4 tips to stop reading about AI and start doing AI

How to use AI as a tool in your business.

By Jana Eggers
January 17, 2018
"Turning the world upside down," by Anish Kapoor in Israel Museum, Jerusalem "Turning the world upside down," by Anish Kapoor in Israel Museum, Jerusalem (source: Avishai Teicher via the PikiWiki - Israel free image collection project on Wikimedia Commons)

AI is just a tool. And, like your hammer, it needs you to be productive. OK, yes, it is a cool, advanced, complicated tool. Let’s go with a 3D printer as the better analogy than a hammer: training required, still in its early stages, making great advances every day. So, how do you use this tool in your business? My top four tips:

1. Understand that AI is not magic; it is just maths – and it needs you. From chess to weather, humans + computers can produce significantly better results than either alone. You should be asking your team, or questioning yourself, about what machine learning algorithm was chosen and why it fits the results you need and the data you have. And, you should be questioning the results; remember, Kasparov lost to Deep Blue due to a bug. Just because an algorithm is right more often than you doesn’t mean its rightness overlaps yours. Again, you and AI are better together.

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2. Get serious about your digital transformation. You likely didn’t take the internet or mobile as seriously as you should have. Internet and mobile are the extroverts of technology; AI is an introvert. As we have learned, introverts don’t speak up as much. Don’t let this keep you from engaging AI. I recommend starting with areas where you have already started statistical optimizations, as you know your data better there and already have measurements and benchmarks. Then, move to empowering innovations with some experience in your sails.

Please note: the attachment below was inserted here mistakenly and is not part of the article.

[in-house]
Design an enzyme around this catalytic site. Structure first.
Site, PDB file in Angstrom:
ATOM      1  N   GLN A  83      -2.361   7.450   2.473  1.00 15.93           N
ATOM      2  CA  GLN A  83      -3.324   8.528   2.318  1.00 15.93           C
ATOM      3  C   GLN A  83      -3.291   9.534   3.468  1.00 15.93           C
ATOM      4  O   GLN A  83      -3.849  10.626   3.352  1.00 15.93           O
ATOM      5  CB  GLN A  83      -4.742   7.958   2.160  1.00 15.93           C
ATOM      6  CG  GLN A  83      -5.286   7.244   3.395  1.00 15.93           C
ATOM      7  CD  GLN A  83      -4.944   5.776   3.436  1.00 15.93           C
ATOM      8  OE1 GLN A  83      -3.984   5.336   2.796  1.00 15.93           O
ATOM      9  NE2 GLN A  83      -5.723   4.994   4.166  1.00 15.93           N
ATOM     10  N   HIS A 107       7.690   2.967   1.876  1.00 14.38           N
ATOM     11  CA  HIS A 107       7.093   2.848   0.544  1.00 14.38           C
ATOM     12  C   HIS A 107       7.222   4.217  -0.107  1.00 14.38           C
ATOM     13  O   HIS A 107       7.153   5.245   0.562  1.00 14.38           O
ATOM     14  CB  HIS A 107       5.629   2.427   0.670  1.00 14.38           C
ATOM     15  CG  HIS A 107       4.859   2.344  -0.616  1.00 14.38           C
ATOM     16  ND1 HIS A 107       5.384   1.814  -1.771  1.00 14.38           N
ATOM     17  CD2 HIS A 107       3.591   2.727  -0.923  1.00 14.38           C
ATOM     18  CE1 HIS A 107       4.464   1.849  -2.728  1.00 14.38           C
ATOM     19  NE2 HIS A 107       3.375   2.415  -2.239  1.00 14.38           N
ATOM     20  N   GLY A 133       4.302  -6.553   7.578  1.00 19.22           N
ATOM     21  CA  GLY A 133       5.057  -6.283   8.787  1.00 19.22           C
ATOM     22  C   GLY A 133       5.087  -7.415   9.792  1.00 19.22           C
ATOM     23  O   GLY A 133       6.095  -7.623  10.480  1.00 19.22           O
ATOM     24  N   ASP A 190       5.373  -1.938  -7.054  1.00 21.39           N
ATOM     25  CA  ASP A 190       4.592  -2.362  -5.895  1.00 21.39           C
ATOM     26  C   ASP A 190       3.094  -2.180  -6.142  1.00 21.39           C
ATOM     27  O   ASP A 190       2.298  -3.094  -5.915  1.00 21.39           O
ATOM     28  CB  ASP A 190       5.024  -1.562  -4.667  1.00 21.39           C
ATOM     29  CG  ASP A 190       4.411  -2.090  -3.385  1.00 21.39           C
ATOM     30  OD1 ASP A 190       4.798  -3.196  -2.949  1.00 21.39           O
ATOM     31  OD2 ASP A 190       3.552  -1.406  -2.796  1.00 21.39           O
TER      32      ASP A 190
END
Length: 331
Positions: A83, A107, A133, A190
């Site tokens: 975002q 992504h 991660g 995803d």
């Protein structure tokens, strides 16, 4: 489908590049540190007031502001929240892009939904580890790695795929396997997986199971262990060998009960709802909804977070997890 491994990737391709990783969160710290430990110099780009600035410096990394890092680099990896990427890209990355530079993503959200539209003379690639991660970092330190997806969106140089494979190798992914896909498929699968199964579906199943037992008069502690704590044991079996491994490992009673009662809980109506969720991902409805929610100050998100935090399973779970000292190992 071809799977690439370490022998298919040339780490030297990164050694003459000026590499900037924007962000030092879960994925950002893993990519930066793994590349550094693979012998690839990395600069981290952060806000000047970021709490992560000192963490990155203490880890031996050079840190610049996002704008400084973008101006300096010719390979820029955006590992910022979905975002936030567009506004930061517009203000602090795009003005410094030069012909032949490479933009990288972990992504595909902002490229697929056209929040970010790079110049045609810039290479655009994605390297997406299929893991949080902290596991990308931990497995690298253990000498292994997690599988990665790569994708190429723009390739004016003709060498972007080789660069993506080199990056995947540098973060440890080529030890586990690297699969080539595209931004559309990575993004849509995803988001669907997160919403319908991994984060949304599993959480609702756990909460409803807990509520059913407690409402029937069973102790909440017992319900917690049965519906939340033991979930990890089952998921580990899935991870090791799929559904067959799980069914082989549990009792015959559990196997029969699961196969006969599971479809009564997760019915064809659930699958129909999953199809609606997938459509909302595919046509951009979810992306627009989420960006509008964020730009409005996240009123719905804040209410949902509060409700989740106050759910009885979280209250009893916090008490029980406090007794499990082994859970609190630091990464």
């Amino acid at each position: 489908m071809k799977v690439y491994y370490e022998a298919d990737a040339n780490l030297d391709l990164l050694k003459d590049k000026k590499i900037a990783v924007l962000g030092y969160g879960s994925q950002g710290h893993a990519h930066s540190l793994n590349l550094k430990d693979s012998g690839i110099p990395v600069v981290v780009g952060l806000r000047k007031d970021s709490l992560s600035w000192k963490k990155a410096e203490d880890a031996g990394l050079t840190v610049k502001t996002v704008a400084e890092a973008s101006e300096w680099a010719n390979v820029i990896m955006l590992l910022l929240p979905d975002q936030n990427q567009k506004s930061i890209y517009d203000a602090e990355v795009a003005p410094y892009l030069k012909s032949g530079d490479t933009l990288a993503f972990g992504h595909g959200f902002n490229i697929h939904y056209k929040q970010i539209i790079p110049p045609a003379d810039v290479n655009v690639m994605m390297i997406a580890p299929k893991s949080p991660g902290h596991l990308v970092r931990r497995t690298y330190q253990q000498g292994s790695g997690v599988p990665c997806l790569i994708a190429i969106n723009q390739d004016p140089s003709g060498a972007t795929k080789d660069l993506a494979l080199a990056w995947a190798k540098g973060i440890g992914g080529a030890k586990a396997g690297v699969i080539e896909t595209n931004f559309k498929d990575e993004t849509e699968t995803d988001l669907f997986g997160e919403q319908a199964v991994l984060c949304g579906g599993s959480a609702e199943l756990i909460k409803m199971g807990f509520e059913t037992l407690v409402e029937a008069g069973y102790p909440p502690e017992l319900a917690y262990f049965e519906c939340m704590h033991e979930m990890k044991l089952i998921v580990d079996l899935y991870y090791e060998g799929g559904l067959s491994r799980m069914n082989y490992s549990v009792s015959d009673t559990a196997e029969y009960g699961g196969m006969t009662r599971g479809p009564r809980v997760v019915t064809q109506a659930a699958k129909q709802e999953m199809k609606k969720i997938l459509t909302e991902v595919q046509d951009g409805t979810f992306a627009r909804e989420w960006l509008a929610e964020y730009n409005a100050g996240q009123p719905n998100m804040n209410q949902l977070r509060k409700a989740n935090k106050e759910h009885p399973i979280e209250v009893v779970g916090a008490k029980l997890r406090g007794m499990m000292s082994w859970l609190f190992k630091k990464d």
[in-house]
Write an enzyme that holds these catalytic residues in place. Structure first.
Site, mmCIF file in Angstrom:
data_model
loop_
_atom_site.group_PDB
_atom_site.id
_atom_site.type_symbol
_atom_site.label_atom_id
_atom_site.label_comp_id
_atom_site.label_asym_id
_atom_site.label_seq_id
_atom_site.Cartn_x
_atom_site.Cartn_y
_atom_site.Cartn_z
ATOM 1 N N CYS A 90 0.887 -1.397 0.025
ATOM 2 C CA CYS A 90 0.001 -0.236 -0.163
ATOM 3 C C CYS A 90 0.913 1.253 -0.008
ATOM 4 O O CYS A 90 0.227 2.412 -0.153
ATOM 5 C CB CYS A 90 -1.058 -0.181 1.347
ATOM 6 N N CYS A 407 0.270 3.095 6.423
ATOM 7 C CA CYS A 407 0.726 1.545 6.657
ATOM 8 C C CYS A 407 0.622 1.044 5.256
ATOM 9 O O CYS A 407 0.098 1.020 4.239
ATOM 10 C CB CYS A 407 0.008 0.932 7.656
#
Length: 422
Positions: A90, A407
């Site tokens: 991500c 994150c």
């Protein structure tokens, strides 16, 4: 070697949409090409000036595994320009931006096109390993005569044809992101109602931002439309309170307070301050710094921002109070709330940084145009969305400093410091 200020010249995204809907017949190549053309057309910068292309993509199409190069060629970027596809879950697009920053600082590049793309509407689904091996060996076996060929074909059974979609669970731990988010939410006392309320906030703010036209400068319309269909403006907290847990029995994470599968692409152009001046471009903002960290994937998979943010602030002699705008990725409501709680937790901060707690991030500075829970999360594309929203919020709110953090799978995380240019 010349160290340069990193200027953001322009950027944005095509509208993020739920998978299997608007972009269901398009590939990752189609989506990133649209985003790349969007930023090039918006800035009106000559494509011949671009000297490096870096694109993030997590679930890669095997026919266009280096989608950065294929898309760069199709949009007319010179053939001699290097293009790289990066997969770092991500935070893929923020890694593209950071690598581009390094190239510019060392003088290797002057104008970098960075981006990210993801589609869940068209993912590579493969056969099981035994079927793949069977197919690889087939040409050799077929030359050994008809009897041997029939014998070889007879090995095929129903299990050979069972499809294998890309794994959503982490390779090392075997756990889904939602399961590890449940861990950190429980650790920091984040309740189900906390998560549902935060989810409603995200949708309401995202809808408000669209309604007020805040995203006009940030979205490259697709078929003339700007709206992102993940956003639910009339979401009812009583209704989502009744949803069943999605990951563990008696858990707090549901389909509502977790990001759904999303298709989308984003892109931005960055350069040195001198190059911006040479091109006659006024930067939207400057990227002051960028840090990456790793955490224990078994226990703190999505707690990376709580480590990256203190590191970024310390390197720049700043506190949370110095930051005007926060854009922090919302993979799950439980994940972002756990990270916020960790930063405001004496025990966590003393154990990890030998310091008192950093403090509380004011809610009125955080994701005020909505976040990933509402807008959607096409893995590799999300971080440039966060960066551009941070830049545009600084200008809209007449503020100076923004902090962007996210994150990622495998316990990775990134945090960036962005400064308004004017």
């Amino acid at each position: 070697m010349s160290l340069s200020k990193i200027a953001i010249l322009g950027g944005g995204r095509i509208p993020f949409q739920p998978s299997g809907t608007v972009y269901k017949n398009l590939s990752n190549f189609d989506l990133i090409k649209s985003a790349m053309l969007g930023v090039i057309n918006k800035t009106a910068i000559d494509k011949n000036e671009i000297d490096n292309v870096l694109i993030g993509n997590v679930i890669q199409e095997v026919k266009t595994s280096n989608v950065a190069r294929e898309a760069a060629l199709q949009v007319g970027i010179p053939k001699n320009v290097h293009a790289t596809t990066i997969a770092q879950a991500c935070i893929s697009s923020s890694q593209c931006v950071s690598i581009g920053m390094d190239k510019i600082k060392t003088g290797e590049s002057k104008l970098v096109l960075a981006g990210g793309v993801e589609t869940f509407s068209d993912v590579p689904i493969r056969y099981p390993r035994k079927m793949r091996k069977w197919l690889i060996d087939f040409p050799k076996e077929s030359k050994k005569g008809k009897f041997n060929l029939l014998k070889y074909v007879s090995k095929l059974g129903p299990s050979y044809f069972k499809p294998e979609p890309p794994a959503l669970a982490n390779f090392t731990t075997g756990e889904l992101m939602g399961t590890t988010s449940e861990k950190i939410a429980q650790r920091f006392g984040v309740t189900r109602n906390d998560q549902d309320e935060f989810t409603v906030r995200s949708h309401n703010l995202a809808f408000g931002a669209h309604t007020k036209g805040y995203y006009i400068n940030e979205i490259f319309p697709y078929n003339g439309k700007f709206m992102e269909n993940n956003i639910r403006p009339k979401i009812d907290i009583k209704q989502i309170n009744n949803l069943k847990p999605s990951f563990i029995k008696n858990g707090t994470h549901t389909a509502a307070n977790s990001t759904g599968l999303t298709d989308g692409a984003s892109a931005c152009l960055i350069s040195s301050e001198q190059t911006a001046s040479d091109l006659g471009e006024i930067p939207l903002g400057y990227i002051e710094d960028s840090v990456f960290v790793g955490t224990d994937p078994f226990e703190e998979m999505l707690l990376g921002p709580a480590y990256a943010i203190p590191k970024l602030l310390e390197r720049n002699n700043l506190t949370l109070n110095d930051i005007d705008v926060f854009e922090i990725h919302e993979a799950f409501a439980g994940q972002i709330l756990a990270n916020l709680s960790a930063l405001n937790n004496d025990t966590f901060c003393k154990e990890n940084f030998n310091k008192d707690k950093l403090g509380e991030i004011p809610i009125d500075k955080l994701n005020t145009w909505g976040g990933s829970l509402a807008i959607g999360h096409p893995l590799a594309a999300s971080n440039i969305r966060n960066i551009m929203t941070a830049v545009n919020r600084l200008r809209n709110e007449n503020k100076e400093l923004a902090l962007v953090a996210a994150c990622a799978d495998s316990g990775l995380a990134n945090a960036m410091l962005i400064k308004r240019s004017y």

3. Stop with the excuses: “We don’t have enough data” or “We don’t have the expertise.” One of the foremost AI experts, Google’s Jeff Dean, recently replied to the question on whether mere mortal companies have enough data for AI with an emphatic, “YES!” As for the expertise, focus on best practices in software development and design, a.k.a., read Marty Cagan’s Inspired. The only addition, I have for his framework when integrating AI into development is to add a data whisperer to the team – someone who knows your data and how it is generated and used by your company now.

4. Build a learning org. What if an AI in your ecommerce platform calculated a new product bundle? How fast could your team react? What if the AI created a new bundle in real time? How would you deal with that? What if an AI in your sales force automation calculated it was best to politely ignore requests from who you think is your best customer? How would you assess that learning from your new team member, AI? Intelligence is defined by the ability to acquire and apply knowledge, a.k.a., the ability to learn. You now must learn how to learn from AI. Start here.

In reference to AI, Kevin Kelly, founding executive editor of Wired said, “There has never been a better time with more opportunities, more openings, lower barriers, higher benefit/risk ratios, better returns, greater upside than now.” The opportunity is in front of you, and accessible to you. Start working with the tool you’ve been given, and start finding your upside.

Post topics: AI & ML

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